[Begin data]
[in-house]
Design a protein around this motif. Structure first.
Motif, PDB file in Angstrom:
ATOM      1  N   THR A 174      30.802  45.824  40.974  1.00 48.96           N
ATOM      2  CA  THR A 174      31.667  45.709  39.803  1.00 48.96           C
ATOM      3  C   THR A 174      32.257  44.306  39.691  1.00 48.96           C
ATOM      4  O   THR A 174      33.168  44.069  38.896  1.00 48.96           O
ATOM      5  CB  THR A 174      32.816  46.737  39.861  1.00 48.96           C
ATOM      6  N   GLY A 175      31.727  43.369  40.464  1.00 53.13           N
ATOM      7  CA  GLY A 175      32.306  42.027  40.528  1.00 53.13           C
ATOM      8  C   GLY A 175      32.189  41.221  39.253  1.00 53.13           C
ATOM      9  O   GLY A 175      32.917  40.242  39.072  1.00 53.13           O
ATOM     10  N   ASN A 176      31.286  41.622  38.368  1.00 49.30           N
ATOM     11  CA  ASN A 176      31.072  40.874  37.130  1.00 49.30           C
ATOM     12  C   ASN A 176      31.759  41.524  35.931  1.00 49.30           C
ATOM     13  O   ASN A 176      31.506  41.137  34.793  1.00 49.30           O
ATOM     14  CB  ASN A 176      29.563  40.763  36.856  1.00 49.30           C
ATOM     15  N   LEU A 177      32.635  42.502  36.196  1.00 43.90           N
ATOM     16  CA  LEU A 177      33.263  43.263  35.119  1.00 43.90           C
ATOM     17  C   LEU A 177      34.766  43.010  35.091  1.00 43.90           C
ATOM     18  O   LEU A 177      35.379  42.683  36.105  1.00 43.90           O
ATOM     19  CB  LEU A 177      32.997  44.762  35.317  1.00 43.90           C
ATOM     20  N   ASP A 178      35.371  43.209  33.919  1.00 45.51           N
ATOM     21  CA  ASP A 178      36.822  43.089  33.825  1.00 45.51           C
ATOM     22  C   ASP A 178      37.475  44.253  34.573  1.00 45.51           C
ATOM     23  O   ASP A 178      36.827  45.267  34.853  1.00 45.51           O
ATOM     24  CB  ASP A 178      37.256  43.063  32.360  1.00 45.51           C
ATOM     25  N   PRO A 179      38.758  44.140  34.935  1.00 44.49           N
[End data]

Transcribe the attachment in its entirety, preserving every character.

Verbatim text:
[in-house]
Design a protein around this motif. Structure first.
Motif, PDB file in Angstrom:
ATOM      1  N   THR A 174      30.802  45.824  40.974  1.00 48.96           N
ATOM      2  CA  THR A 174      31.667  45.709  39.803  1.00 48.96           C
ATOM      3  C   THR A 174      32.257  44.306  39.691  1.00 48.96           C
ATOM      4  O   THR A 174      33.168  44.069  38.896  1.00 48.96           O
ATOM      5  CB  THR A 174      32.816  46.737  39.861  1.00 48.96           C
ATOM      6  N   GLY A 175      31.727  43.369  40.464  1.00 53.13           N
ATOM      7  CA  GLY A 175      32.306  42.027  40.528  1.00 53.13           C
ATOM      8  C   GLY A 175      32.189  41.221  39.253  1.00 53.13           C
ATOM      9  O   GLY A 175      32.917  40.242  39.072  1.00 53.13           O
ATOM     10  N   ASN A 176      31.286  41.622  38.368  1.00 49.30           N
ATOM     11  CA  ASN A 176      31.072  40.874  37.130  1.00 49.30           C
ATOM     12  C   ASN A 176      31.759  41.524  35.931  1.00 49.30           C
ATOM     13  O   ASN A 176      31.506  41.137  34.793  1.00 49.30           O
ATOM     14  CB  ASN A 176      29.563  40.763  36.856  1.00 49.30           C
ATOM     15  N   LEU A 177      32.635  42.502  36.196  1.00 43.90           N
ATOM     16  CA  LEU A 177      33.263  43.263  35.119  1.00 43.90           C
ATOM     17  C   LEU A 177      34.766  43.010  35.091  1.00 43.90           C
ATOM     18  O   LEU A 177      35.379  42.683  36.105  1.00 43.90           O
ATOM     19  CB  LEU A 177      32.997  44.762  35.317  1.00 43.90           C
ATOM     20  N   ASP A 178      35.371  43.209  33.919  1.00 45.51           N
ATOM     21  CA  ASP A 178      36.822  43.089  33.825  1.00 45.51           C
ATOM     22  C   ASP A 178      37.475  44.253  34.573  1.00 45.51           C
ATOM     23  O   ASP A 178      36.827  45.267  34.853  1.00 45.51           O
ATOM     24  CB  ASP A 178      37.256  43.063  32.360  1.00 45.51           C
ATOM     25  N   PRO A 179      38.758  44.140  34.935  1.00 44.49           N